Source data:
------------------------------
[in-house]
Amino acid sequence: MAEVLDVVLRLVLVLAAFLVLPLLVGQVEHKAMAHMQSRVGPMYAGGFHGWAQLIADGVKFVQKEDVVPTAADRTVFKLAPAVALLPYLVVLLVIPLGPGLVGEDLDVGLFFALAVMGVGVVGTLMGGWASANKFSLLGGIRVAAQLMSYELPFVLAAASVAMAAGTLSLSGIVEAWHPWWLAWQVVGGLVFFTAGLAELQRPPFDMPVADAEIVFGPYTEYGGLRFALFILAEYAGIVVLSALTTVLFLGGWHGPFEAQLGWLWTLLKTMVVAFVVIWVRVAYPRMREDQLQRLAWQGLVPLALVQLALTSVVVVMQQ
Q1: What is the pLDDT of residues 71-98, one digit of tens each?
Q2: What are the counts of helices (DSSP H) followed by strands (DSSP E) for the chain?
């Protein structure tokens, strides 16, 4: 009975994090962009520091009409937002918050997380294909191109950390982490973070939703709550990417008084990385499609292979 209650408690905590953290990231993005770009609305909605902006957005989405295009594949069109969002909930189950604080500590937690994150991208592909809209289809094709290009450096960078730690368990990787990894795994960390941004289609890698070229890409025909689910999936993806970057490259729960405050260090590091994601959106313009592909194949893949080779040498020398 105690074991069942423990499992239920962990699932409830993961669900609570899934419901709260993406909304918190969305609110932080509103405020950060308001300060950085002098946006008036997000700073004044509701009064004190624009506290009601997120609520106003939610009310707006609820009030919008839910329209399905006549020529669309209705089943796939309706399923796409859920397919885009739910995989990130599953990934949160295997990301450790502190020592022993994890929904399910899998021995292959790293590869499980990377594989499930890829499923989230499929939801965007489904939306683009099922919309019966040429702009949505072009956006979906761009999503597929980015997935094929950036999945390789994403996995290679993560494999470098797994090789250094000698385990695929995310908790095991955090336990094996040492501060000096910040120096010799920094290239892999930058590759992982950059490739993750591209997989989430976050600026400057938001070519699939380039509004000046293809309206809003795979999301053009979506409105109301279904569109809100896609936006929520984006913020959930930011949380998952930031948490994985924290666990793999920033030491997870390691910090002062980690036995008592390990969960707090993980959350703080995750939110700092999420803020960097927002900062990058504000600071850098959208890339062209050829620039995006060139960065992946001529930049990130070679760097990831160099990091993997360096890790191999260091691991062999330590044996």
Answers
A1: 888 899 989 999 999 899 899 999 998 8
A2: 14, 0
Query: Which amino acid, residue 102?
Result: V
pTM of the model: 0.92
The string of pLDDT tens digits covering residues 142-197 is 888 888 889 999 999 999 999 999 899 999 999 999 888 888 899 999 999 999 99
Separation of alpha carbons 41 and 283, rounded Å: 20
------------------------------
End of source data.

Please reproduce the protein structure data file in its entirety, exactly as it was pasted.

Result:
[in-house]
Amino acid sequence: MAEVLDVVLRLVLVLAAFLVLPLLVGQVEHKAMAHMQSRVGPMYAGGFHGWAQLIADGVKFVQKEDVVPTAADRTVFKLAPAVALLPYLVVLLVIPLGPGLVGEDLDVGLFFALAVMGVGVVGTLMGGWASANKFSLLGGIRVAAQLMSYELPFVLAAASVAMAAGTLSLSGIVEAWHPWWLAWQVVGGLVFFTAGLAELQRPPFDMPVADAEIVFGPYTEYGGLRFALFILAEYAGIVVLSALTTVLFLGGWHGPFEAQLGWLWTLLKTMVVAFVVIWVRVAYPRMREDQLQRLAWQGLVPLALVQLALTSVVVVMQQ
Q1: What is the pLDDT of residues 71-98, one digit of tens each?
Q2: What are the counts of helices (DSSP H) followed by strands (DSSP E) for the chain?
């Protein structure tokens, strides 16, 4: 009975994090962009520091009409937002918050997380294909191109950390982490973070939703709550990417008084990385499609292979 209650408690905590953290990231993005770009609305909605902006957005989405295009594949069109969002909930189950604080500590937690994150991208592909809209289809094709290009450096960078730690368990990787990894795994960390941004289609890698070229890409025909689910999936993806970057490259729960405050260090590091994601959106313009592909194949893949080779040498020398 105690074991069942423990499992239920962990699932409830993961669900609570899934419901709260993406909304918190969305609110932080509103405020950060308001300060950085002098946006008036997000700073004044509701009064004190624009506290009601997120609520106003939610009310707006609820009030919008839910329209399905006549020529669309209705089943796939309706399923796409859920397919885009739910995989990130599953990934949160295997990301450790502190020592022993994890929904399910899998021995292959790293590869499980990377594989499930890829499923989230499929939801965007489904939306683009099922919309019966040429702009949505072009956006979906761009999503597929980015997935094929950036999945390789994403996995290679993560494999470098797994090789250094000698385990695929995310908790095991955090336990094996040492501060000096910040120096010799920094290239892999930058590759992982950059490739993750591209997989989430976050600026400057938001070519699939380039509004000046293809309206809003795979999301053009979506409105109301279904569109809100896609936006929520984006913020959930930011949380998952930031948490994985924290666990793999920033030491997870390691910090002062980690036995008592390990969960707090993980959350703080995750939110700092999420803020960097927002900062990058504000600071850098959208890339062209050829620039995006060139960065992946001529930049990130070679760097990831160099990091993997360096890790191999260091691991062999330590044996």
Answers
A1: 888 899 989 999 999 899 899 999 998 8
A2: 14, 0
Query: Which amino acid, residue 102?
Result: V
pTM of the model: 0.92
The string of pLDDT tens digits covering residues 142-197 is 888 888 889 999 999 999 999 999 899 999 999 999 888 888 899 999 999 999 99
Separation of alpha carbons 41 and 283, rounded Å: 20